Gearing up for Leopard
Penned 12 years ago.
If you are a web designer/developer type, and you use the mac as your dev platform of choice, and you are planning on upgrading to Leopard when it drops later today, knowing a couple of things before-hand will be helpful. Namely your shiny new OS now sports Apache 2.2.x and and PHP 5.2.x. This is a huge change.
Prior to this release the 10.x series shipped with Apache 1.3.x and PHP 4.x. While both of these versions are venerable, hard working bits o'code they are kinda crufty. The Apache Software Foundation has moved into security update, and critical bug fix only mode for the 1.3.x series of the web server and as we all know the PHP project as announced end of life for PHP 4. Its a good time to move on.
The main focus of this little entry will be Apache, since the changes here are the ones that will cause you the most pain as you get started. Most of your PHP 4 code should work fine with PHP 5.
Changes around the house
The first big change with Apache 2.2, is where your conf file is to be found. Back in the 1.3 days you could simply pop open your trusty terminal and do a:
cd /etc/httpd/ and then
sudo pico httpd.conf to make changes to your apache configuration. Fortunately or unfortunately, however you choose to look at it, Apple has gone with a more standard location for the apache files with Leopard. To find your conf now, you need to look in
If you were to load this dir in your terminal, you would see something like this:
drwxr-xr-x 13 root wheel 442 May 28 1976 extra
-rw-r--r-- 1 root wheel 17576 Sep 3 14:01 httpd.conf
-rw-r--r-- 1 root wheel 12958 Jul 15 04:23 magic
-rw-r--r-- 1 root wheel 15350 Jul 15 04:23 mime.types
drwxr-xr-x 4 root wheel 136 May 28 1976 original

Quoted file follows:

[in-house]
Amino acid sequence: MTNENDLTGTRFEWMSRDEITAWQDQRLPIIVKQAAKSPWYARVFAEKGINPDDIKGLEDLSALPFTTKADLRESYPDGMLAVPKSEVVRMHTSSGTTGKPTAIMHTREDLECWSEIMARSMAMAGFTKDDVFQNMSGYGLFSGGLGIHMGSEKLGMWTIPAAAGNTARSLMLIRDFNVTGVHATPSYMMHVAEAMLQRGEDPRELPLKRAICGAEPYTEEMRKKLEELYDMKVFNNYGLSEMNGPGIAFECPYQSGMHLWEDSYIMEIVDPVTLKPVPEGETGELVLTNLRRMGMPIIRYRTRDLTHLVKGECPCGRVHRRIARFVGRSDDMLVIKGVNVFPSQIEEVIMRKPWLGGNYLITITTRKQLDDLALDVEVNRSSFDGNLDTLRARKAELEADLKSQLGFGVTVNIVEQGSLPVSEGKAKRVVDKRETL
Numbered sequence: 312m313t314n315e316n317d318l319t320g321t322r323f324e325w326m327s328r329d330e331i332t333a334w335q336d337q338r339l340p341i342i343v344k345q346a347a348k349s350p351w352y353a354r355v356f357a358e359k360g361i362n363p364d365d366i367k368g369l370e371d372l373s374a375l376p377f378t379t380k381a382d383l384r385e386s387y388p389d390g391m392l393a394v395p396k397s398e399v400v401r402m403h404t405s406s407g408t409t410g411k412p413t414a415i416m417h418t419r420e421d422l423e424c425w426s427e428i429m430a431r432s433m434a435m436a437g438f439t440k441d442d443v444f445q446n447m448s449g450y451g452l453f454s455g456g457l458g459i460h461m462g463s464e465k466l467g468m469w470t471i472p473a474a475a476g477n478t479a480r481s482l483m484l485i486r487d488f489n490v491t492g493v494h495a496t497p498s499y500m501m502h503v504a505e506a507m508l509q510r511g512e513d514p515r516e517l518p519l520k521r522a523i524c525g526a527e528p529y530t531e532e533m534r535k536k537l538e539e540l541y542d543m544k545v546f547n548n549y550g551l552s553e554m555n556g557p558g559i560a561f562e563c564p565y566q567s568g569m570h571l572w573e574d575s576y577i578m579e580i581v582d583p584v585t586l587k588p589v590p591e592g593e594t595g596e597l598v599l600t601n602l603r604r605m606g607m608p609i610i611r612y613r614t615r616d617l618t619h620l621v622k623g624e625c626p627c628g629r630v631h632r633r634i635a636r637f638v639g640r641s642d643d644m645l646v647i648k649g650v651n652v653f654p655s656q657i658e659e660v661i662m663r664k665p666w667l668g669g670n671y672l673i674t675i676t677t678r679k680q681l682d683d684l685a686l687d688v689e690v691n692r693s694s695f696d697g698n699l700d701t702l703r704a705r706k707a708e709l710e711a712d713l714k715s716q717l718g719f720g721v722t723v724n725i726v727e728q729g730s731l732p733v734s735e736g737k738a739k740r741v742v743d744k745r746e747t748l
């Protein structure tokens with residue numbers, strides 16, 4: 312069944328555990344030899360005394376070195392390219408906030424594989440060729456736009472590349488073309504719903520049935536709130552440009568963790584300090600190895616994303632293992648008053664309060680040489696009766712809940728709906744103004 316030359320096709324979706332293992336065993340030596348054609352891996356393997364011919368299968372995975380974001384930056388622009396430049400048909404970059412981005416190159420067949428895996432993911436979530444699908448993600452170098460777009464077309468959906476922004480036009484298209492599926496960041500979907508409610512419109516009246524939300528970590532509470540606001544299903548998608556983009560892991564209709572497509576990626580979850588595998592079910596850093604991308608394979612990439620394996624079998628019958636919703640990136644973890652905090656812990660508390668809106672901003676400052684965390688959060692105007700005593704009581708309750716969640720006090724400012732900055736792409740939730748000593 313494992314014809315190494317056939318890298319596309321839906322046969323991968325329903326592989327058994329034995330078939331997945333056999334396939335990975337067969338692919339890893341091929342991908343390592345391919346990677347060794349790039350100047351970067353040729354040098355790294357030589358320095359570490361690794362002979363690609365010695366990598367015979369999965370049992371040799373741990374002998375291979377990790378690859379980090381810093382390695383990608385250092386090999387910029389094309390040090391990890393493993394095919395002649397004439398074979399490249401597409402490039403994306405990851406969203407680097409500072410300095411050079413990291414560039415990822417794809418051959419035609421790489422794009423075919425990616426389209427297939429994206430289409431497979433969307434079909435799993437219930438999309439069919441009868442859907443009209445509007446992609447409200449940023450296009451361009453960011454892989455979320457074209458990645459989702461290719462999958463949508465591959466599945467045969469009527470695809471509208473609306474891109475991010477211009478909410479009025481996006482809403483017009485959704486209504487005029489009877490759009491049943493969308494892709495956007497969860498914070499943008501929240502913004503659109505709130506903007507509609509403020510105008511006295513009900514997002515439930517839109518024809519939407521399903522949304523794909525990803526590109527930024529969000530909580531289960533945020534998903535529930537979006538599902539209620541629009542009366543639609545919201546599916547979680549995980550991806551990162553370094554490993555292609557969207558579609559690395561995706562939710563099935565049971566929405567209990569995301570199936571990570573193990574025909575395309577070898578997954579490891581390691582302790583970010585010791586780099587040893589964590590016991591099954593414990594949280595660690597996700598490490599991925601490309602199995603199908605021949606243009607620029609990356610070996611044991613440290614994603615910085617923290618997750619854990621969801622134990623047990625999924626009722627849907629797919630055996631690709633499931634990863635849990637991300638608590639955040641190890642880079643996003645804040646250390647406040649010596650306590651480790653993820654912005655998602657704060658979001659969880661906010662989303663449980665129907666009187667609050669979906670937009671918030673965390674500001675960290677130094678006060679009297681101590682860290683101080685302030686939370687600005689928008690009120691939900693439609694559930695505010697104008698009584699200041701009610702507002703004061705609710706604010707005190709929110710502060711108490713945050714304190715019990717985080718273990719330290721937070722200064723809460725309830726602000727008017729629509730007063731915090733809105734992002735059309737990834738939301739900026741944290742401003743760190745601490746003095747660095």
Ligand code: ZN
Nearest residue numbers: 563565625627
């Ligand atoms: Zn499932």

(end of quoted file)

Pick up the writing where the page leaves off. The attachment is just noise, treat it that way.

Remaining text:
drwxr-xr-x 4 root wheel 136 May 28 1976 other
drwxr-xr-x 2 root wheel 68 May 28 1976 users
You will see there are some new directories, namely other and extra, as well as our old friend
If we open up httpd.conf in the terminal, the first thing you should notice is that it is significantly shorter. In the 2.0 line the ASF decided to modularize the conf file, moving out the settings that are infrequently edited, if ever. The main conf file now holds only the things you really want to see. Things like max clients, server tokens etc.
The other big change in the conf is how Apache handles the loading of modules. In 1.3 there were two directives, LoadModule and AddModule. Both were required to successfully add a module, like PHP or Perl, to your environment. In 2.0 and on there is now simply LoadModule. Uncomment/add the module you want to enable, save your conf and restart apache. Much simpler.
Those new directories
The most important of the two new dirs is extra. Here you will find the rest of the stuff that used to be in the main conf file. If you pop back into your
httpd.conf file and scroll to the bottom (control + v in pico) you will see the various support files being included, or not as the case may be... something like this:
# Language settings
This file contains all the settings necessary to serve content in different languages via apache. Pretty straightforward. Check out the other files in there, you might find something interesting.
Finally the other directory contains conf files for non apache stuff, like PHP and Bonjour. If you cd into other you should see the php5 and bonjour conf files. As you add more technology to your install the conf files should find there way there.
This is by no means an exhaustive look at the changes in Leopard, there is also an up-to-date install of Ruby and Rails, but it is a quick pointer for people who depend on apache and PHP to get stuff done. Have fun with Leopard, and more importantly, in using some more modern technology.
I hope you enjoyed reading Gearing up for Leopard
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